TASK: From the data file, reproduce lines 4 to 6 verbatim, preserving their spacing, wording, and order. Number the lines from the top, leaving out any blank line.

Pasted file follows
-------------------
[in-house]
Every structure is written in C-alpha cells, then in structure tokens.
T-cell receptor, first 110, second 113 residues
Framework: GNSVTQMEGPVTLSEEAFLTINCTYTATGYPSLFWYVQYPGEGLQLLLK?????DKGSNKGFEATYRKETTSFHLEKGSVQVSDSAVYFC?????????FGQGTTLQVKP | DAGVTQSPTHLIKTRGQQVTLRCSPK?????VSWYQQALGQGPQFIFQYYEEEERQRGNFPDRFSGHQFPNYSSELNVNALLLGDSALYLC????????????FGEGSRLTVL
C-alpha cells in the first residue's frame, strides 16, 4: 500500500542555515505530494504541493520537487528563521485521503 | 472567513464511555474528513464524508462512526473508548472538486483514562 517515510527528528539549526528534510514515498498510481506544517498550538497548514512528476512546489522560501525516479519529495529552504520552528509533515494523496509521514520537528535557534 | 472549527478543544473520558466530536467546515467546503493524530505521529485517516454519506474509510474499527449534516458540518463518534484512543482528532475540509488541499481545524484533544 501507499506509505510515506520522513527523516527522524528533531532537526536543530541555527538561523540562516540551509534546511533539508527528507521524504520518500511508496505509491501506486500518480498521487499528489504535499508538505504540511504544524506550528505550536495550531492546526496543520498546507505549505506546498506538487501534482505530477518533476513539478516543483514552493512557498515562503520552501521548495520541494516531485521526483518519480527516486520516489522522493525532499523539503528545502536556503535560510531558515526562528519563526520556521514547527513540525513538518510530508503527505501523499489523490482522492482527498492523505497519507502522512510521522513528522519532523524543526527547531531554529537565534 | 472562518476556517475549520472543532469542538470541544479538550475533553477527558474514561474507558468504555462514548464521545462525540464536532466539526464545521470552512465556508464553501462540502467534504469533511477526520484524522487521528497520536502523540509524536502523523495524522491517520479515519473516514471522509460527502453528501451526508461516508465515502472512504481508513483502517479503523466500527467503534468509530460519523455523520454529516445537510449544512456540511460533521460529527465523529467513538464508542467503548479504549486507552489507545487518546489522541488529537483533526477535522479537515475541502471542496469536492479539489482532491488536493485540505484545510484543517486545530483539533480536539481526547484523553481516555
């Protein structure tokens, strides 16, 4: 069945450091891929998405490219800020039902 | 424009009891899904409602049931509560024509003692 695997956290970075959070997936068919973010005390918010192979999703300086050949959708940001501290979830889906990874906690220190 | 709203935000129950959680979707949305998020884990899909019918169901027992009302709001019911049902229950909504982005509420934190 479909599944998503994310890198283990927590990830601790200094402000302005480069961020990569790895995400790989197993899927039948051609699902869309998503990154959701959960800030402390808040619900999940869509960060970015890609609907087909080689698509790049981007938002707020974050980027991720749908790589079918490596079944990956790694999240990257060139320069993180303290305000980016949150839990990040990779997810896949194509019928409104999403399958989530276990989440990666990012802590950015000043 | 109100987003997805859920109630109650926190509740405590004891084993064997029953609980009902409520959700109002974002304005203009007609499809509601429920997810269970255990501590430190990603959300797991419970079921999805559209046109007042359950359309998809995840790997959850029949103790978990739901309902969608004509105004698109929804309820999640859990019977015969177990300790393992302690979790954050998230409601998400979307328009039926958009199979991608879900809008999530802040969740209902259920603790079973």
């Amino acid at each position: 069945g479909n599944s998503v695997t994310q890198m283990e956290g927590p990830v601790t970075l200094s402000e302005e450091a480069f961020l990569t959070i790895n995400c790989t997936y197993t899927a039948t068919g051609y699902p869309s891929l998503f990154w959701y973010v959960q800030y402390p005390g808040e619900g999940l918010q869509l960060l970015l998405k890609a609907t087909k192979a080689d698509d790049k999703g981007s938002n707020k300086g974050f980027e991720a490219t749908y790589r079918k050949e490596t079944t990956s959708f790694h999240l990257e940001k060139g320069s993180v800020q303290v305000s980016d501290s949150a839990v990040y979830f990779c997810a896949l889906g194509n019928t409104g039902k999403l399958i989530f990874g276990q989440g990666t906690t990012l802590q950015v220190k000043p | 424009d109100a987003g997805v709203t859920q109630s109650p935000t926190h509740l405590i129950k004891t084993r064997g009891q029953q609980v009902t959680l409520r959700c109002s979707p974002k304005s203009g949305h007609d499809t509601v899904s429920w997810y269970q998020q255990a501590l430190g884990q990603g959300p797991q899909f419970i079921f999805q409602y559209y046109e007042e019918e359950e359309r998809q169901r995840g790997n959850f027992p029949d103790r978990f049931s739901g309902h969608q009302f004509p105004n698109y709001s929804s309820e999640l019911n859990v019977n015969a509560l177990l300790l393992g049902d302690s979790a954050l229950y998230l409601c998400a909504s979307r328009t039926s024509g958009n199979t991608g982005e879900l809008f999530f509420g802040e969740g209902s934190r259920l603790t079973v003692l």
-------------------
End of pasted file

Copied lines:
Framework: GNSVTQMEGPVTLSEEAFLTINCTYTATGYPSLFWYVQYPGEGLQLLLK?????DKGSNKGFEATYRKETTSFHLEKGSVQVSDSAVYFC?????????FGQGTTLQVKP | DAGVTQSPTHLIKTRGQQVTLRCSPK?????VSWYQQALGQGPQFIFQYYEEEERQRGNFPDRFSGHQFPNYSSELNVNALLLGDSALYLC????????????FGEGSRLTVL
C-alpha cells in the first residue's frame, strides 16, 4: 500500500542555515505530494504541493520537487528563521485521503 | 472567513464511555474528513464524508462512526473508548472538486483514562 517515510527528528539549526528534510514515498498510481506544517498550538497548514512528476512546489522560501525516479519529495529552504520552528509533515494523496509521514520537528535557534 | 472549527478543544473520558466530536467546515467546503493524530505521529485517516454519506474509510474499527449534516458540518463518534484512543482528532475540509488541499481545524484533544 501507499506509505510515506520522513527523516527522524528533531532537526536543530541555527538561523540562516540551509534546511533539508527528507521524504520518500511508496505509491501506486500518480498521487499528489504535499508538505504540511504544524506550528505550536495550531492546526496543520498546507505549505506546498506538487501534482505530477518533476513539478516543483514552493512557498515562503520552501521548495520541494516531485521526483518519480527516486520516489522522493525532499523539503528545502536556503535560510531558515526562528519563526520556521514547527513540525513538518510530508503527505501523499489523490482522492482527498492523505497519507502522512510521522513528522519532523524543526527547531531554529537565534 | 472562518476556517475549520472543532469542538470541544479538550475533553477527558474514561474507558468504555462514548464521545462525540464536532466539526464545521470552512465556508464553501462540502467534504469533511477526520484524522487521528497520536502523540509524536502523523495524522491517520479515519473516514471522509460527502453528501451526508461516508465515502472512504481508513483502517479503523466500527467503534468509530460519523455523520454529516445537510449544512456540511460533521460529527465523529467513538464508542467503548479504549486507552489507545487518546489522541488529537483533526477535522479537515475541502471542496469536492479539489482532491488536493485540505484545510484543517486545530483539533480536539481526547484523553481516555
């Protein structure tokens, strides 16, 4: 069945450091891929998405490219800020039902 | 424009009891899904409602049931509560024509003692 695997956290970075959070997936068919973010005390918010192979999703300086050949959708940001501290979830889906990874906690220190 | 709203935000129950959680979707949305998020884990899909019918169901027992009302709001019911049902229950909504982005509420934190 479909599944998503994310890198283990927590990830601790200094402000302005480069961020990569790895995400790989197993899927039948051609699902869309998503990154959701959960800030402390808040619900999940869509960060970015890609609907087909080689698509790049981007938002707020974050980027991720749908790589079918490596079944990956790694999240990257060139320069993180303290305000980016949150839990990040990779997810896949194509019928409104999403399958989530276990989440990666990012802590950015000043 | 109100987003997805859920109630109650926190509740405590004891084993064997029953609980009902409520959700109002974002304005203009007609499809509601429920997810269970255990501590430190990603959300797991419970079921999805559209046109007042359950359309998809995840790997959850029949103790978990739901309902969608004509105004698109929804309820999640859990019977015969177990300790393992302690979790954050998230409601998400979307328009039926958009199979991608879900809008999530802040969740209902259920603790079973």